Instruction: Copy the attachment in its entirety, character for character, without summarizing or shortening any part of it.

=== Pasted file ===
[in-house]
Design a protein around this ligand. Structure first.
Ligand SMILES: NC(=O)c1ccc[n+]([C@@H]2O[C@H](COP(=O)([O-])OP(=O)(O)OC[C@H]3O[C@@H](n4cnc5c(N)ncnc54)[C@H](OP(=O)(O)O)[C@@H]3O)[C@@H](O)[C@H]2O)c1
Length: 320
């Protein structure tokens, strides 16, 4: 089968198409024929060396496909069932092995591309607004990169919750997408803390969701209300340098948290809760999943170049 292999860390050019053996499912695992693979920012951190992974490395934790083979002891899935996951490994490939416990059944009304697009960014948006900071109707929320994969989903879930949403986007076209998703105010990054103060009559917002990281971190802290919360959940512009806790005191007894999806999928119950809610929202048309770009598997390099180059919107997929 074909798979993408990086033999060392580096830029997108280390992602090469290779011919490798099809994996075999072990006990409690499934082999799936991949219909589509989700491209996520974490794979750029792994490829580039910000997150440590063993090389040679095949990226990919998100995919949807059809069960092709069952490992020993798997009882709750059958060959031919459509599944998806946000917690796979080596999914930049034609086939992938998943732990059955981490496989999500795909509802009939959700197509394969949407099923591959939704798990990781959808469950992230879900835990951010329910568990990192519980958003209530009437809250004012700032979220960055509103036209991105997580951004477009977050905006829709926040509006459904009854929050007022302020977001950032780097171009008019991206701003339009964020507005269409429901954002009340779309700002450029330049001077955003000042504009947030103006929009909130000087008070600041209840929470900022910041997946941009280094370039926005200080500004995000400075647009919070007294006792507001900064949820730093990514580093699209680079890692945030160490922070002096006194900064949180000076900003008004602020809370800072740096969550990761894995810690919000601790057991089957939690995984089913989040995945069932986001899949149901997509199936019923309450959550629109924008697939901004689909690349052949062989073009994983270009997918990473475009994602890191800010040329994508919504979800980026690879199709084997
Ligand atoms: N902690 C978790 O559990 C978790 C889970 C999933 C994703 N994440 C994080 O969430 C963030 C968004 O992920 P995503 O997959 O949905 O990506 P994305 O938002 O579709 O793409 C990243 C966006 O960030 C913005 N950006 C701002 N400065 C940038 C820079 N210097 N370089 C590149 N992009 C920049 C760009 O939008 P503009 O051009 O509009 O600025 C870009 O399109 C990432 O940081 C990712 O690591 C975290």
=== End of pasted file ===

[in-house]
Design a protein around this ligand. Structure first.
Ligand SMILES: NC(=O)c1ccc[n+]([C@@H]2O[C@H](COP(=O)([O-])OP(=O)(O)OC[C@H]3O[C@@H](n4cnc5c(N)ncnc54)[C@H](OP(=O)(O)O)[C@@H]3O)[C@@H](O)[C@H]2O)c1
Length: 320
């Protein structure tokens, strides 16, 4: 089968198409024929060396496909069932092995591309607004990169919750997408803390969701209300340098948290809760999943170049 292999860390050019053996499912695992693979920012951190992974490395934790083979002891899935996951490994490939416990059944009304697009960014948006900071109707929320994969989903879930949403986007076209998703105010990054103060009559917002990281971190802290919360959940512009806790005191007894999806999928119950809610929202048309770009598997390099180059919107997929 074909798979993408990086033999060392580096830029997108280390992602090469290779011919490798099809994996075999072990006990409690499934082999799936991949219909589509989700491209996520974490794979750029792994490829580039910000997150440590063993090389040679095949990226990919998100995919949807059809069960092709069952490992020993798997009882709750059958060959031919459509599944998806946000917690796979080596999914930049034609086939992938998943732990059955981490496989999500795909509802009939959700197509394969949407099923591959939704798990990781959808469950992230879900835990951010329910568990990192519980958003209530009437809250004012700032979220960055509103036209991105997580951004477009977050905006829709926040509006459904009854929050007022302020977001950032780097171009008019991206701003339009964020507005269409429901954002009340779309700002450029330049001077955003000042504009947030103006929009909130000087008070600041209840929470900022910041997946941009280094370039926005200080500004995000400075647009919070007294006792507001900064949820730093990514580093699209680079890692945030160490922070002096006194900064949180000076900003008004602020809370800072740096969550990761894995810690919000601790057991089957939690995984089913989040995945069932986001899949149901997509199936019923309450959550629109924008697939901004689909690349052949062989073009994983270009997918990473475009994602890191800010040329994508919504979800980026690879199709084997
Ligand atoms: N902690 C978790 O559990 C978790 C889970 C999933 C994703 N994440 C994080 O969430 C963030 C968004 O992920 P995503 O997959 O949905 O990506 P994305 O938002 O579709 O793409 C990243 C966006 O960030 C913005 N950006 C701002 N400065 C940038 C820079 N210097 N370089 C590149 N992009 C920049 C760009 O939008 P503009 O051009 O509009 O600025 C870009 O399109 C990432 O940081 C990712 O690591 C975290």